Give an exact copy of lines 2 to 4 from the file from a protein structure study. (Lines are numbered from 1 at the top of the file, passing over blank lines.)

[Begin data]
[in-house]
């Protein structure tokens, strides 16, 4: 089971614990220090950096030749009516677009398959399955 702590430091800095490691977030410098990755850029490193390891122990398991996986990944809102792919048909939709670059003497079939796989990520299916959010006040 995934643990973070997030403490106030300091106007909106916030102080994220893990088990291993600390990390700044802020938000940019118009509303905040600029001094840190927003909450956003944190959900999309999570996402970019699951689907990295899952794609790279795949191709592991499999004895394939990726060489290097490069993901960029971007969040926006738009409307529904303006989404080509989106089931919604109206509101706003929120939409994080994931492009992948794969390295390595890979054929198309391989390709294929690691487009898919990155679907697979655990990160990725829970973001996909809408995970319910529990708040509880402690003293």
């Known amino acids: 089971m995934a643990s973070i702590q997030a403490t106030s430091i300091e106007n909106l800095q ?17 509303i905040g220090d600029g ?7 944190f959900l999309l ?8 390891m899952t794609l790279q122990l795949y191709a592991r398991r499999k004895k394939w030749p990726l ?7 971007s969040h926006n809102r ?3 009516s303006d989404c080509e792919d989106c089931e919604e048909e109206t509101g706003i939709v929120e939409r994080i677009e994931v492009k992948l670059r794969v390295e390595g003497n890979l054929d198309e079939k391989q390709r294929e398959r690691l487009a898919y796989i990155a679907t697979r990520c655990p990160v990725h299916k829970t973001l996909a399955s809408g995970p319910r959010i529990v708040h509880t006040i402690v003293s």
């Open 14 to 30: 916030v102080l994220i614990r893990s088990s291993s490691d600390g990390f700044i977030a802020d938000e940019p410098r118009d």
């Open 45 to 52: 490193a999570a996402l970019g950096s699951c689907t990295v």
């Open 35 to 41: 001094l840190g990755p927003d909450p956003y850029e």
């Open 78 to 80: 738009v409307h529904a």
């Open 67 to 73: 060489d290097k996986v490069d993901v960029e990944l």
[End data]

């Protein structure tokens, strides 16, 4: 089971614990220090950096030749009516677009398959399955 702590430091800095490691977030410098990755850029490193390891122990398991996986990944809102792919048909939709670059003497079939796989990520299916959010006040 995934643990973070997030403490106030300091106007909106916030102080994220893990088990291993600390990390700044802020938000940019118009509303905040600029001094840190927003909450956003944190959900999309999570996402970019699951689907990295899952794609790279795949191709592991499999004895394939990726060489290097490069993901960029971007969040926006738009409307529904303006989404080509989106089931919604109206509101706003929120939409994080994931492009992948794969390295390595890979054929198309391989390709294929690691487009898919990155679907697979655990990160990725829970973001996909809408995970319910529990708040509880402690003293």
């Known amino acids: 089971m995934a643990s973070i702590q997030a403490t106030s430091i300091e106007n909106l800095q ?17 509303i905040g220090d600029g ?7 944190f959900l999309l ?8 390891m899952t794609l790279q122990l795949y191709a592991r398991r499999k004895k394939w030749p990726l ?7 971007s969040h926006n809102r ?3 009516s303006d989404c080509e792919d989106c089931e919604e048909e109206t509101g706003i939709v929120e939409r994080i677009e994931v492009k992948l670059r794969v390295e390595g003497n890979l054929d198309e079939k391989q390709r294929e398959r690691l487009a898919y796989i990155a679907t697979r990520c655990p990160v990725h299916k829970t973001l996909a399955s809408g995970p319910r959010i529990v708040h509880t006040i402690v003293s």
């Open 14 to 30: 916030v102080l994220i614990r893990s088990s291993s490691d600390g990390f700044i977030a802020d938000e940019p410098r118009d």